Vice President Joe Biden speaks at the 2015 National HBCU Week Conference, in Washington D.C., September 22, 2015. (Elyse Jones/Department of Education/Flickr CC BY 2.0.)
Vice President Joe Biden speaks at the 2015 National HBCU Week Conference, in Washington D.C., September 22, 2015. (Elyse Jones/Department of Education/Flickr CC BY 2.0.)
Vice President Joe Biden speaks at the 2015 National HBCU Week Conference, in Washington D.C., September 22, 2015. (Elyse Jones/Department of Education/Flickr CC BY 2.0.)

By Jazelle Hunt
NNPA Washington Correspondent

WASHINGTON (NNPA) — In a speech at the 2015 National Historically Black Colleges and Universities (HBCUs) Week Conference here last week, Vice President Joe Biden praised the nation’s Historically Black Colleges and Universities and announced an additional $10 billion in HBCU funding.

Despite enthusiastic applause and shouts of “Run, Joe, Run,” Biden did not allude to whether he has made up his mind about whether to challenge Hillary Clinton for the Democratic nomination for president in 2016. Instead, he took the opportunity to address a sore spot between the Obama administration and the HBCU community: the America’s College Promise proposal, which, if enacted, will offer two free years of community college for responsible students.

HBCU administrators and leaders, whose institutions are already underfunded, are concerned they’ll be unable to compete if funding is limited to community colleges. Many had suggested that two year assistance be extended to 4-year colleges as well as 2-year community colleges.

“I’ll be straight with you, I know a lot of you were a little bit upset when we called for two years of free community college,” Biden said. “Some of you are my friends, heads of universities, and you called me and said, ‘Joe, is that going to undercut us? We’re

having financial difficulties now.’ The answer is it will not.”

But not everyone is convinced. Of course, it all might be academic because it appears unlikely that a Republican-majority in the House and Senate is likely to fund Obama’s proposal.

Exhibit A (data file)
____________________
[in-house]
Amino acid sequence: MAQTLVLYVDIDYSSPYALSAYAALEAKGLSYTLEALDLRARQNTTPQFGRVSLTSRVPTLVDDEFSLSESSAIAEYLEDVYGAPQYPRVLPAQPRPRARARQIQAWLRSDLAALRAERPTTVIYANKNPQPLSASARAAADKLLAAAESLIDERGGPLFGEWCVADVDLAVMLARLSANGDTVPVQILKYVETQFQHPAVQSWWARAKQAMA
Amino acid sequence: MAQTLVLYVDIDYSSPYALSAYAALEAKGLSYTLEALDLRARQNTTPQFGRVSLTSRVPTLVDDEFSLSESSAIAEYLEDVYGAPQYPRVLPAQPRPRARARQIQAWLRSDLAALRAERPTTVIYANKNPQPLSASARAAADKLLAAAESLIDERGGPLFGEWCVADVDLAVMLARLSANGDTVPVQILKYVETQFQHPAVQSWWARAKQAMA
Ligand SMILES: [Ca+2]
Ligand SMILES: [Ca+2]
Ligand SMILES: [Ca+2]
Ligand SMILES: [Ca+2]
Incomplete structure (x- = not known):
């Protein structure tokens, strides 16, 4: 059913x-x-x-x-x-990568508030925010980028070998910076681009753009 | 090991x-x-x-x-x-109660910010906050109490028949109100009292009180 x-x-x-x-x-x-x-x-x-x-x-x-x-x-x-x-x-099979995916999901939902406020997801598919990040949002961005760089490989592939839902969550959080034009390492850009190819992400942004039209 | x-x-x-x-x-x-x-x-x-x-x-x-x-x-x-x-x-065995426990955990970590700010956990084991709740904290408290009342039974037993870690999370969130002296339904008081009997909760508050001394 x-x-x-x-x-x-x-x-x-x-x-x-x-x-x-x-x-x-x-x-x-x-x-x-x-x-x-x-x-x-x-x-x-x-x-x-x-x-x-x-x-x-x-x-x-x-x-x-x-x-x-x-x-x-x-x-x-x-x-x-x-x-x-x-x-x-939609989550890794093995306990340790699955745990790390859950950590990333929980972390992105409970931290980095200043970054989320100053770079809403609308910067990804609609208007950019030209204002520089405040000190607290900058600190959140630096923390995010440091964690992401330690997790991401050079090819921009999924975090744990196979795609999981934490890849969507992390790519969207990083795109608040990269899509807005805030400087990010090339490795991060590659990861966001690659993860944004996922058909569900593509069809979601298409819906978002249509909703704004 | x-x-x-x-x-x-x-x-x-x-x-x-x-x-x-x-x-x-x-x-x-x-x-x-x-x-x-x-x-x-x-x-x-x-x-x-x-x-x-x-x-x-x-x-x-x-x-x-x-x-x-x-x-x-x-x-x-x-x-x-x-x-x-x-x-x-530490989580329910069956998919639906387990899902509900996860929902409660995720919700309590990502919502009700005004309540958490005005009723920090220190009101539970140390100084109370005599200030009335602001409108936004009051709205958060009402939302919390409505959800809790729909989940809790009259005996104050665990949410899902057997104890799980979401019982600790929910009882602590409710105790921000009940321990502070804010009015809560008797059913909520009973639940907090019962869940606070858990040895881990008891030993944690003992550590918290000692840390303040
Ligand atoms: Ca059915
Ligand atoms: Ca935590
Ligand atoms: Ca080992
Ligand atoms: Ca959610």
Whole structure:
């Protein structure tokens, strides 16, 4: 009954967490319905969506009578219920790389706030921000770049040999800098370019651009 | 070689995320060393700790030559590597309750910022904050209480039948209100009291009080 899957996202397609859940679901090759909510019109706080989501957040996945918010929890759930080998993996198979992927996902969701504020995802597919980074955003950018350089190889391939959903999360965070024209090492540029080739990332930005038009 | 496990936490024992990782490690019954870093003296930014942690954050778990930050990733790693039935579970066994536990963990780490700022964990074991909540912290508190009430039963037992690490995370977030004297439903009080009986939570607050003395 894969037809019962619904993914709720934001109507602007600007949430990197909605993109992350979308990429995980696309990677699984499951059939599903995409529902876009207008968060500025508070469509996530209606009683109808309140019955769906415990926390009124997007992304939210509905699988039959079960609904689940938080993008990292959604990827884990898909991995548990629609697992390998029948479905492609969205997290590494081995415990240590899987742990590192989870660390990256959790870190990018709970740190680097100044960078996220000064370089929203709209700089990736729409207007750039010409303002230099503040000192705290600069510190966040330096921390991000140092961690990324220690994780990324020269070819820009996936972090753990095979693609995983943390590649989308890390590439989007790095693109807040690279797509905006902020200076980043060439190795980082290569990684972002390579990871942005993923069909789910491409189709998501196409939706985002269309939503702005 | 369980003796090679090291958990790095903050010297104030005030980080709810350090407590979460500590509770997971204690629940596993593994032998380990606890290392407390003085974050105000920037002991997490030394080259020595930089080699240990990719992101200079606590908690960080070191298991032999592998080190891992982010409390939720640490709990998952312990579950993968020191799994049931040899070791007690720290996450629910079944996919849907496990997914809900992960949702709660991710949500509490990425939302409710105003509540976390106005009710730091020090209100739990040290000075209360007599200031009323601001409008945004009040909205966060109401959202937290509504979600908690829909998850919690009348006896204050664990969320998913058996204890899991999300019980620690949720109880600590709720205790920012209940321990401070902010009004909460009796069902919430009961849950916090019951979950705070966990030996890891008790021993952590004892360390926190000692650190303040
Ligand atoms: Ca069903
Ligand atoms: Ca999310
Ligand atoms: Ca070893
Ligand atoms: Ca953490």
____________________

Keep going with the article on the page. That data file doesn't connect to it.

Biden also highlighted the conference’s theme – STEM innovation, partnerships, and entrepreneurship – and thanked the HBCU administrators, partners, and students present for their strides in this area.

In January, Biden visited Norfolk State University in Virginia to unveil a $25 million grant over five years for a cybersecurity consortium consisting of 13 HBCUs, two national labs, and a K-12 school district. Norfolk State, which already offers an online cybersecurity master’s degree program, will lead the initiative.

“It’s an economic imperative…that the number of African Americans in STEM increase,” said Biden. “HBCUs are only 3 percent of the nation’s schools. And you produce 27 percent of African American graduates with STEM degrees. The human capital that you husband is critically important to our country and how competitive we’ll be in another five, 10, 20 years.”

In this way, HBCUs have contributed to both building the Black middle class and in turn, the nation’s global competitiveness. This kind of contribution and success should translate to personal and communal prosperity, the vice president said, but persistent socioeconomic inequality was undermining this dynamic.

“My daughter insists that I should say more, and I don’t. She talks about, ‘Dad, don’t pretend that there’s not still institutional bigotry in this country.’ Health care, criminal justice, access to jobs and good wages – that used to be a basic requirement,” he said.

“That used to be the promise of America, that if you contributed to the enterprise, you got to share in the benefits. If you worked hard and played by the rules, you got to share in the basic prosperity. That prosperity wasn’t available to everyone, particularly many African Americans. Now it’s not available to a significant number of all Americans.”

Most of Biden’s time onstage, however, was spent praising HBCUs or invoking the Black experience. He shared how much of the grassroots support and volunteer help he received during his Senate campaign came from Delaware State University. He talked about returning from law school in Syracuse, N.Y. during the 1968 riots and seeing his state on fire. And he lauded the audience for their role in uplifting Black youth.

“It’s more than just academics and leaderships. What’s built into HBCUs…is this sense that you educate, but you mentor the whole time. You constantly embrace these young women and men. You let them know, you can do this, too,” he stated.

In addition to Vice President Biden and HBCU All-Star Leah Williams, a Delaware State alumna, William Harvey, president of Hampton University and chair of the President’s Board of Advisors on HBCUs, addressed the crowd. He called for a “5 percent funding aspirational goal” akin to the ones the federal government uses to direct its spending and subcontracting to women or veteran-owned enterprises.

Harvey also offered condolences to friends of the late George Cooper, who served as a professor and administrator at several HBCUs, as well as the executive director of the White House Initiative on Historically Black Colleges and Universities.

The Initiative sponsors the National HBCU Week Conference each year as a forum for HBCU stakeholders to exchange information and share innovations.

“This conference is about STEM education,” said Harvey. “There was a December report which mentioned that STEM education for HBCUs was at its lowest point since the year 2000. We need to broaden our participation in STEM and we need help from the government.”

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